JACKSON The Jackson Medical Mall and its partners are almost ready to present a completed strategic plan for the Jackson Health-Care Corridor to the public.
Jackson Medical Mall Executive Director Primus Wheeler told audience members at a Jackson 2000 luncheon Aug. 8 that the plan, developed by Jackson-based AJA Management, puts Jackson ahead of Flowood in the move to build a health-care corridor that could span from the Jackson-Evers International Airport to the Jackson Municipal Airport at Hawkins Field.
AJA set out to research three main points for the study, Wheeler told the Jackson Free Press. The first was to define the boundaries of the health-care corridor. The original plan ran along Woodrow Wilson Avenue, from Interstate 55 in the east to Interstate 220 in the west.
Last spring, the state Legislature passed the Mississippi Health Care Industry Zone Act, giving the Mississippi Development Authority the ability to dedicate "health-care zones." Inside those zones, certain businesses, including clinics, medical-supply manufacturers and retailers and telecommunication companies, will be eligible for tax breaks and incentives.
Wheeler said Gov. Phil Bryant asked why the corridor should only be located between the interstates. Instead, the governor proposed that the corridor stretch from Jackson-Medgar Wiley Evers International Airport to the Jackson Municipal Airport at Hawkins Field. That area would include a long stretch through Flowood.
The Jackson Medical Mall, along with its partners at the University of Mississippi Medical Center, have not studied the possibilities of extending the corridor to Flowood, only the area between Interstates 55 and 220. While other groups will likely begin working on a plan for the corridor in Flowood, Wheeler and his colleagues are focusing on the area around what will be the corridor's centerpiece: UMMC.
Secondly, AJA set out to see what assets and businesses in the area need to be enhanced and improved for the corridor. Duane O'Neill, Greater Jackson Chamber Partnership president and CEO, said the entire area needs to be a visually pleasing and pleasant place to visit for the corridor to reach its goal of becoming a destination for people from across the southeastern United States in need of health care.
"Aesthetics is a top priority," O'Neill told the JFP Aug. 13.
Lastly, the plan is supposed to describe the surrounding infrastructure and what improvements the city should make for the health-care corridor to become a reality.
Mayor Harvey Johnson Jr. assigned Sean Perkins, his chief of staff, to the strategic-planning committee for the corridor. Wheeler said the city cannot commit to any overall infrastructure plans, but has agreed to help when it can on a project-by-project basis.
Wheeler said the increased size of the corridor, and expanding it beyond Jackson, made it more important for the steering committee to get a strategic plan in place. That plan will help bring prospective companies to Jackson, instead of going to Rankin county, which has shown an ability to draw businesses, including retail and manufacturing, away from Jackson in recent years.
UMMC's influence and public funding, along with the two-year head start in planning that its leaders and the Jackson Medical Mall have on anyone making plans for a corridor in Flowood give Jackson a major advantage in any competition that may arise between the cities.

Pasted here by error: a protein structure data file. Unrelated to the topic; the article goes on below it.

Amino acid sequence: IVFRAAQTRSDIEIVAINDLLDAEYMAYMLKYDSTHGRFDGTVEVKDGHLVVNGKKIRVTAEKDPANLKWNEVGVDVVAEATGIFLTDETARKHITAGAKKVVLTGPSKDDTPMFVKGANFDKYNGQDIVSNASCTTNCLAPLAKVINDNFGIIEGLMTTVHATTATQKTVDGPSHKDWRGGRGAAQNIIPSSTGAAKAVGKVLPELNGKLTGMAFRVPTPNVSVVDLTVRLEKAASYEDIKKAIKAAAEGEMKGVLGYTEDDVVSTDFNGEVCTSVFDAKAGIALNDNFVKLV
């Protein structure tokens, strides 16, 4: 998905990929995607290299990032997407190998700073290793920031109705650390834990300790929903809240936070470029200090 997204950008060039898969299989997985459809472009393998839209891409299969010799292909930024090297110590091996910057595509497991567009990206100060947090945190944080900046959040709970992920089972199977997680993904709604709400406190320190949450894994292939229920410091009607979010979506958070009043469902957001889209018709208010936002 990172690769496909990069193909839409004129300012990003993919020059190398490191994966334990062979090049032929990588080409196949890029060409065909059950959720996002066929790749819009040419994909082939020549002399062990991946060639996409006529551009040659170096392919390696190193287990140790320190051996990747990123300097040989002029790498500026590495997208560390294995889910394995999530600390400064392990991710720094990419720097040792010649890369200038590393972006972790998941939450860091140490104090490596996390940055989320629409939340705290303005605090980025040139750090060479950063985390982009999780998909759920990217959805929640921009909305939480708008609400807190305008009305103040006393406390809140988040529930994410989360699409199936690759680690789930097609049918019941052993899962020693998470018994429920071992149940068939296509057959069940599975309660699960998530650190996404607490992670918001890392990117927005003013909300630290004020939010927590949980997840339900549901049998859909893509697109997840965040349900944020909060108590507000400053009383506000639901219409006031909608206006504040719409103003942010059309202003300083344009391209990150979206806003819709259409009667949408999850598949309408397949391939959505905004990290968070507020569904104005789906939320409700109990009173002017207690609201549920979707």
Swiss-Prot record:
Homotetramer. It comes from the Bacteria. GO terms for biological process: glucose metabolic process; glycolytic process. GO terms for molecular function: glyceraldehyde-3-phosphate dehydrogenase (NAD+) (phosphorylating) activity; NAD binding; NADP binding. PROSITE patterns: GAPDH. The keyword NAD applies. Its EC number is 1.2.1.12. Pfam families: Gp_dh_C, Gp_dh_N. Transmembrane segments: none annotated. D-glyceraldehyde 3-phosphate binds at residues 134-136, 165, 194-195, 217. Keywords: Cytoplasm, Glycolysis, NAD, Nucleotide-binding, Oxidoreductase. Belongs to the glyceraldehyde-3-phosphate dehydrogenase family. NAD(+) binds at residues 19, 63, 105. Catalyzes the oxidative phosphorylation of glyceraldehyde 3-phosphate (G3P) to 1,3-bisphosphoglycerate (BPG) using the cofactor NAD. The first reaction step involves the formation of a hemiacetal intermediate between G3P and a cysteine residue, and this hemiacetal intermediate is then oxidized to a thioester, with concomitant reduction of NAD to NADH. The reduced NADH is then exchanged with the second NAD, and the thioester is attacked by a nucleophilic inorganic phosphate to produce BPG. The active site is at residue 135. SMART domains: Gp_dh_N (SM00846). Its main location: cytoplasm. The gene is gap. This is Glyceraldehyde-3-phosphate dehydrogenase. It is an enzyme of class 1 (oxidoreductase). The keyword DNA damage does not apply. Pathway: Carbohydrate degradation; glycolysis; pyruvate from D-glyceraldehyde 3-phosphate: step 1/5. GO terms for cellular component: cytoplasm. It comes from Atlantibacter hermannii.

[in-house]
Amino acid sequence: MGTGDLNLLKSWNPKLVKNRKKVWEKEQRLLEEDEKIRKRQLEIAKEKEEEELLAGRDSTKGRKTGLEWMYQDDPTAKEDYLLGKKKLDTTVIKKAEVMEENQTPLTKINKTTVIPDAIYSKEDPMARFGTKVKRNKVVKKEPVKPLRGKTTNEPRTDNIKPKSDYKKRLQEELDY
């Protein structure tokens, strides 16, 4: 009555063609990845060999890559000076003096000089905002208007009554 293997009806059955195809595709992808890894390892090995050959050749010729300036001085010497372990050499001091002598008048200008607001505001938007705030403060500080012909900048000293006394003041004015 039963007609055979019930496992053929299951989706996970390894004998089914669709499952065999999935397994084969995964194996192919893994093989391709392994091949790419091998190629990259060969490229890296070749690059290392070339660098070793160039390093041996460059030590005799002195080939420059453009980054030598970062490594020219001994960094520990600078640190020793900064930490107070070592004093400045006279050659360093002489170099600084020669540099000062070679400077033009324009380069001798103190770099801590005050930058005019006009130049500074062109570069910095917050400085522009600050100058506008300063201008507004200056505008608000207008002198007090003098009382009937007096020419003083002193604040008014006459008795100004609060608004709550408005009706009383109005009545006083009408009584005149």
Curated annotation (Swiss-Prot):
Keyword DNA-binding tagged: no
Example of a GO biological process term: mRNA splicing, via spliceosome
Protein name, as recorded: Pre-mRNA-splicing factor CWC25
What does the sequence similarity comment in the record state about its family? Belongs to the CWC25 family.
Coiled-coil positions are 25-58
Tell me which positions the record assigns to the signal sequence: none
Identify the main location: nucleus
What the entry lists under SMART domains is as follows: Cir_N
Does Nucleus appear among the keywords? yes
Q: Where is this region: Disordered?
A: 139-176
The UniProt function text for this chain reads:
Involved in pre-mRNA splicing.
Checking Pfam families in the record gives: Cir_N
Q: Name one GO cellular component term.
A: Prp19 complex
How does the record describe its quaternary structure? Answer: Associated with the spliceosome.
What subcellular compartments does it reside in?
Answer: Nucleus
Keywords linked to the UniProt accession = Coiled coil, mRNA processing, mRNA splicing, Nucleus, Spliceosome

The committee--made up of representatives of the Jackson Medical Mall, University of Mississippi Medical Center, local neighborhood associations and several other Jackson organizations--will present its plan at a meeting of community partners at the Jackson Medical Mall Sept. 19 at 3:30 p.m. Lindsay Buford, the Greater Jackson Chamber Partnership vice president of health-care initiatives, told the JFP that the committee will give updates on its plan and its funding efforts, say which organizations need to be involved and lay out the next steps toward completing the corridor.
The meeting will last about one hour, she said, and is open to anyone with a vested interest in the corridor.
Inside the MDA-dedicated health-care zone, businesses will be eligible for an accelerated state income-tax depreciation deduction, which will allow them to recover the cost of the depreciated value of property such as buildings, machinery, vehicles and other equipment, as well as intangible property such as copyrights and computer software. The accelerated rate will allow a deduction equivalent to a 10-year depreciation instead of the regular one-year rate.
The health-care zone companies can also apply for certain sales-tax exemptions and a local property-tax exemption, which excludes taxes used for public school-district purposes and taxes on vehicles used on state highways.
A qualified private company with a minimum capital investment of $100 million can qualify to pay a fee of no less than one-third of its property-tax levy in lieu of paying those ad valorem taxes. The funds will be divided between the municipality, county and school district.
Businesses will receive any awarded tax incentives for a period not to exceed 10 years.
To qualify, eligible businesses must create a minimum of 25 full-time jobs. If they fail to do so, they can lose their tax exemptions after a period of five years.
Once MDA creates a health-care zone, county boards of supervisors or municipality governments can grant the tax exemptions.
Jackson Health-Care Corridor: The Players
Gov. Phil Bryant
Mississippi State Legislature
Mississippi Development Authority
University of Mississippi Medical Center
Jackson State University
Greater Jackson Chamber Partnership
Jackson Medical Mall
Jackson-Hinds Comprehensive Health Center